Reaching carbon neutrality—technological paths in other net-zero reports


As more countries announced net-zero ambitions in recent years, modelling and planning reports using net-zero scenarios have become more commonplace around the world. Like this Outlook, these efforts present possibilities for how societies may move towards net-zero emissions, given current technologies and making reasonable assumptions about further innovations.

Since this report has similar aims for Canada, this chapter has two objectives: first, to identify technological paths in reports for other regions of the world, highlighting common ground and key differences in terms of technology and transformations with the results presented in Part 2 of this report; and second, to reflect on the perspectives for Canada if the rest of the world adopts some of these paths and what this means for the country’s own efforts and choices to come.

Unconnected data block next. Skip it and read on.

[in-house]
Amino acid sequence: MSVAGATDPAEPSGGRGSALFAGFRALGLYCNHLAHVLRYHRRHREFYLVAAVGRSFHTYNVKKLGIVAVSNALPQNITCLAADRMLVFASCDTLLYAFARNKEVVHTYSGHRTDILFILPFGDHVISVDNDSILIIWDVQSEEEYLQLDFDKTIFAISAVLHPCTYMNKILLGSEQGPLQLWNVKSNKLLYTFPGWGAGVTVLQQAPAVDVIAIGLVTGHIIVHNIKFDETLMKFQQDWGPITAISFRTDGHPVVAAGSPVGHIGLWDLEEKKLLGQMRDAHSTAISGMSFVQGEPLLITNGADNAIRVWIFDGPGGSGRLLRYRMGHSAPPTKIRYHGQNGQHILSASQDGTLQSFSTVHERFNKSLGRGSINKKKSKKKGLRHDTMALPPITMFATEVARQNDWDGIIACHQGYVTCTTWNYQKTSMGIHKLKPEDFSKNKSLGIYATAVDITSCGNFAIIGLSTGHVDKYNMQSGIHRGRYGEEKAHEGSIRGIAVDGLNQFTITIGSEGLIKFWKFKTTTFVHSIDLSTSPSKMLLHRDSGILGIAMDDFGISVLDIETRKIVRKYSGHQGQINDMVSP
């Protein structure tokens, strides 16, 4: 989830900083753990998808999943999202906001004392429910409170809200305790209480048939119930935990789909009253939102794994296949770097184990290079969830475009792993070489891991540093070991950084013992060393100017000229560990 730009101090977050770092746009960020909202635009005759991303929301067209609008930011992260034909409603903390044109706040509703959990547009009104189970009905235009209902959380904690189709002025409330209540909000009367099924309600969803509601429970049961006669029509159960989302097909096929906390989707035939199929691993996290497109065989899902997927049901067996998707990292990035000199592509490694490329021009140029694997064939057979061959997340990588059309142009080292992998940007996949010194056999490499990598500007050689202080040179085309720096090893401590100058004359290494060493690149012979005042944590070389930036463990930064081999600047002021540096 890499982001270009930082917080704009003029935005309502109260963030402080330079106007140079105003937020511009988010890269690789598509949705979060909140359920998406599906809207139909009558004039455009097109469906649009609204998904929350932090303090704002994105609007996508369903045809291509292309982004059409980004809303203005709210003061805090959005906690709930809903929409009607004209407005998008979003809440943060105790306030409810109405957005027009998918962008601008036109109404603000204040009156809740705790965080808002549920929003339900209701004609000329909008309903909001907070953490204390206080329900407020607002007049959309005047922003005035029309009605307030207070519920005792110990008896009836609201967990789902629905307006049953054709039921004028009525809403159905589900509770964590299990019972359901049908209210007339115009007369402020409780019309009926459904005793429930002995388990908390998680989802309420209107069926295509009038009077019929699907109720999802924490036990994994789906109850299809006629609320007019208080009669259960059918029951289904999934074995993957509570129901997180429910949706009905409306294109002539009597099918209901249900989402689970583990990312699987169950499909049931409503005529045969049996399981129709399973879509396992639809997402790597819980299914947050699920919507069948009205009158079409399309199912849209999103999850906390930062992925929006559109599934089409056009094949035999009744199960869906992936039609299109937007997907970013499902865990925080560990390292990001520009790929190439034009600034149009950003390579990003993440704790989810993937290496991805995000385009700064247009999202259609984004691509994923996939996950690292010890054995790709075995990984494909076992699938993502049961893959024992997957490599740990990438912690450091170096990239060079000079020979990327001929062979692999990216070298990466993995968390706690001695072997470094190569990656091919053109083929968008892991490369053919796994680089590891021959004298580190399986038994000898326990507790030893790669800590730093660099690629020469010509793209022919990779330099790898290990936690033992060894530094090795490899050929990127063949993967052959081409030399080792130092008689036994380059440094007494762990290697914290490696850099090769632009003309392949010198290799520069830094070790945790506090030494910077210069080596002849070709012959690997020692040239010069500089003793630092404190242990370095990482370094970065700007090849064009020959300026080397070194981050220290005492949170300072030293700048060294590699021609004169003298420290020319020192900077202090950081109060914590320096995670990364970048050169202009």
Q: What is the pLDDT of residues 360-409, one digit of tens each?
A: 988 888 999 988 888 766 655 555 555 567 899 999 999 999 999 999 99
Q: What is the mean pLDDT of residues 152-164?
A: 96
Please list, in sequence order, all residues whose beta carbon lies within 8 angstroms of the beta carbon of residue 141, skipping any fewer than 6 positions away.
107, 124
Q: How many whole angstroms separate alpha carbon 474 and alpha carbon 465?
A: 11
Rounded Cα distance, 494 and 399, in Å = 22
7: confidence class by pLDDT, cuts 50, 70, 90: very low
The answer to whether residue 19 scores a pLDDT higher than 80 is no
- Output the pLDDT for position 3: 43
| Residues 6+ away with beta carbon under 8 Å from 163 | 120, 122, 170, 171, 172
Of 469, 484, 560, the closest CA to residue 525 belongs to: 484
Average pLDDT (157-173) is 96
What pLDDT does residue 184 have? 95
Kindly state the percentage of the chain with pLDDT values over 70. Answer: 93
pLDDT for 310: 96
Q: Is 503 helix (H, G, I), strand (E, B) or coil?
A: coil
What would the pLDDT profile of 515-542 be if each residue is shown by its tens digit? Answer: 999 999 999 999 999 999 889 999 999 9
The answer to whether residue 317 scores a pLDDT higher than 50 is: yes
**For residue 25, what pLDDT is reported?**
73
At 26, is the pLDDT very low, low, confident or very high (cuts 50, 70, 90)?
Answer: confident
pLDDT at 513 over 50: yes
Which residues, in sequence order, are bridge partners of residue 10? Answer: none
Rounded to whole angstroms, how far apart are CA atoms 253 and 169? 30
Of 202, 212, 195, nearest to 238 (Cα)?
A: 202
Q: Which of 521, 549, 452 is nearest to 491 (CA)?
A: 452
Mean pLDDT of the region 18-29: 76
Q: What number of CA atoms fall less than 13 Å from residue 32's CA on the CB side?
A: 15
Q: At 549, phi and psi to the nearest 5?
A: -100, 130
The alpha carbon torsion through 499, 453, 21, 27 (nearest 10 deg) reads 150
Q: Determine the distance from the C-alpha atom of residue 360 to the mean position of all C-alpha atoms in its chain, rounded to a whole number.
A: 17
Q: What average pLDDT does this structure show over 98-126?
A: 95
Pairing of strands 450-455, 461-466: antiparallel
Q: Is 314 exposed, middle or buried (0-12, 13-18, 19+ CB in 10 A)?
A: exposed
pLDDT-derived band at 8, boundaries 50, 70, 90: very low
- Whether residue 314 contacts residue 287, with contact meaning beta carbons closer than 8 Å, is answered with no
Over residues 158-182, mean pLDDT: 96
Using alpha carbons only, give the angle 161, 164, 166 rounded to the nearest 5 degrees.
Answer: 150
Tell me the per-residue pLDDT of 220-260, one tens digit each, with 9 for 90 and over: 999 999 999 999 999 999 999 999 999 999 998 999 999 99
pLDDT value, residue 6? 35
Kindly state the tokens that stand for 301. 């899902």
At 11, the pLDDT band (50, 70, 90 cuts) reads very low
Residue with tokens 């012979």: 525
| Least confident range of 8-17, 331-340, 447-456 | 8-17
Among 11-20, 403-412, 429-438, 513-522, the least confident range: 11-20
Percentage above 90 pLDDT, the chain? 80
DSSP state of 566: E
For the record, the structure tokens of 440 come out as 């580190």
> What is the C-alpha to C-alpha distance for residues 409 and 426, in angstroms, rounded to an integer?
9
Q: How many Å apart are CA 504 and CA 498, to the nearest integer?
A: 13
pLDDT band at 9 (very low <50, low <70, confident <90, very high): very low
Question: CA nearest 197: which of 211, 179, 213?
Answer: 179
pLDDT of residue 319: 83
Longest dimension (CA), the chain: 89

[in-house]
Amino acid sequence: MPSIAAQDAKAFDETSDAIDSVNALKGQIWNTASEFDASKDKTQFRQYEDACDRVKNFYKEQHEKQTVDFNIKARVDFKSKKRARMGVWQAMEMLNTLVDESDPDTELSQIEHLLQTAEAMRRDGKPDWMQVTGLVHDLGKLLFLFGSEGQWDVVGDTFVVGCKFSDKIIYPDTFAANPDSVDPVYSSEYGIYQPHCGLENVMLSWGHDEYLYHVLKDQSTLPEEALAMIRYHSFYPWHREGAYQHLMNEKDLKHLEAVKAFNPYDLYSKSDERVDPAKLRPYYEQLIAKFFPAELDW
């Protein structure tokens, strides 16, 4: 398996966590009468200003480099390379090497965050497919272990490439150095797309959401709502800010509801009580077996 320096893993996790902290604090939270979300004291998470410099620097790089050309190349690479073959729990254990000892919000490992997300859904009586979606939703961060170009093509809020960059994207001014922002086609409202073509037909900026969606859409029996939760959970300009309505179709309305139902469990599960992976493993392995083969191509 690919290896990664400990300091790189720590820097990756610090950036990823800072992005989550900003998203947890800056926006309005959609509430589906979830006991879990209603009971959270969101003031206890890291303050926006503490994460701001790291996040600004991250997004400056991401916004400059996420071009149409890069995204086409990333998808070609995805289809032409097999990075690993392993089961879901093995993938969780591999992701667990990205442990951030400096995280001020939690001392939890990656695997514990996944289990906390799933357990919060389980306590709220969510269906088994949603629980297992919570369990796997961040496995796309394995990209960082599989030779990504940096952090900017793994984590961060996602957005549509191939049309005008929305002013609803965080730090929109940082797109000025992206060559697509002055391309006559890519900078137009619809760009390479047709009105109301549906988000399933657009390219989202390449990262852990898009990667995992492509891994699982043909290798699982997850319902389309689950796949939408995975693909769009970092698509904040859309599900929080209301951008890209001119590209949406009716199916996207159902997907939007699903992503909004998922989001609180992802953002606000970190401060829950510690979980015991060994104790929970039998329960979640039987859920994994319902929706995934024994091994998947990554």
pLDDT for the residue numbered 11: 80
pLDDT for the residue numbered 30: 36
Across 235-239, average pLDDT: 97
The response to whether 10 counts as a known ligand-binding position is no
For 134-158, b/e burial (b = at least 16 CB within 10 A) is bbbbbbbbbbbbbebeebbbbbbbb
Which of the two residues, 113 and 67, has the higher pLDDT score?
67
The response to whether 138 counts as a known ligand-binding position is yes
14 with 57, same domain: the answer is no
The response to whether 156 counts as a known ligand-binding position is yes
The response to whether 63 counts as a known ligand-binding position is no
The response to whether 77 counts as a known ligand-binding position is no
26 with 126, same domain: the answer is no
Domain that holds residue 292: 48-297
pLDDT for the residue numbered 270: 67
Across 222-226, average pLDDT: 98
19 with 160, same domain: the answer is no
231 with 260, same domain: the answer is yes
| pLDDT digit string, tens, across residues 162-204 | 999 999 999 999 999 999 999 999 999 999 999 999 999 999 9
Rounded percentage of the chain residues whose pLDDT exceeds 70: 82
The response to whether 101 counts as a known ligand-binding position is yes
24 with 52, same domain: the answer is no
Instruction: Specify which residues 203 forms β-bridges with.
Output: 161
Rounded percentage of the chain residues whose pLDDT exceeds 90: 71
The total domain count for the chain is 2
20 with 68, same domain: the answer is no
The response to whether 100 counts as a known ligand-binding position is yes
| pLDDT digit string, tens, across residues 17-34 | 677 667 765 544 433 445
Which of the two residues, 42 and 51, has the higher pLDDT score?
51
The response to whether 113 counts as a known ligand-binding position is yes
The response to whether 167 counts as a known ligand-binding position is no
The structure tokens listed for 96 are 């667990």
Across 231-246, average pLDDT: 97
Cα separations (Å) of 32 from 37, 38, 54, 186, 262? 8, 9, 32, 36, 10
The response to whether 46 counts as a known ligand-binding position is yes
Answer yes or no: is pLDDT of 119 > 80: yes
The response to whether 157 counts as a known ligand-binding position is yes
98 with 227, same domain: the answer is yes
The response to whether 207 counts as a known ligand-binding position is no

• Over the last few years, detailed net-zero reports have been produced for a number of regions and countries. A comparison of four of these reports helps validate Canada’s progress and strategy, while providing a better understanding of the country’s specific challenges.
  • These reports identify a few general consensuses:
    • Massive electrification is required to reach net-zero, calling for investments in grid resiliency and expansion;
    • Negative-emission technologies should only be used to compensate the hardest sectors to decarbonize (i.e., where no carbon-free technologies are foreseeable);
    • Transport is particularly difficult to decarbonize and requires early orientation to support specific infrastructures;
    • Oil and gas production have to decline;
    • Decarbonizing industry is challenging and demands significant research and development efforts;
  • Changes in consumption patterns (not treated in this report) are essential to transform demand.
  • With a largely already decarbonized electricity production, a strong oil and gas production and a diverse industrial basis, Canada must transform its economy more quickly than most of the other OECD countries to reach its climate goals.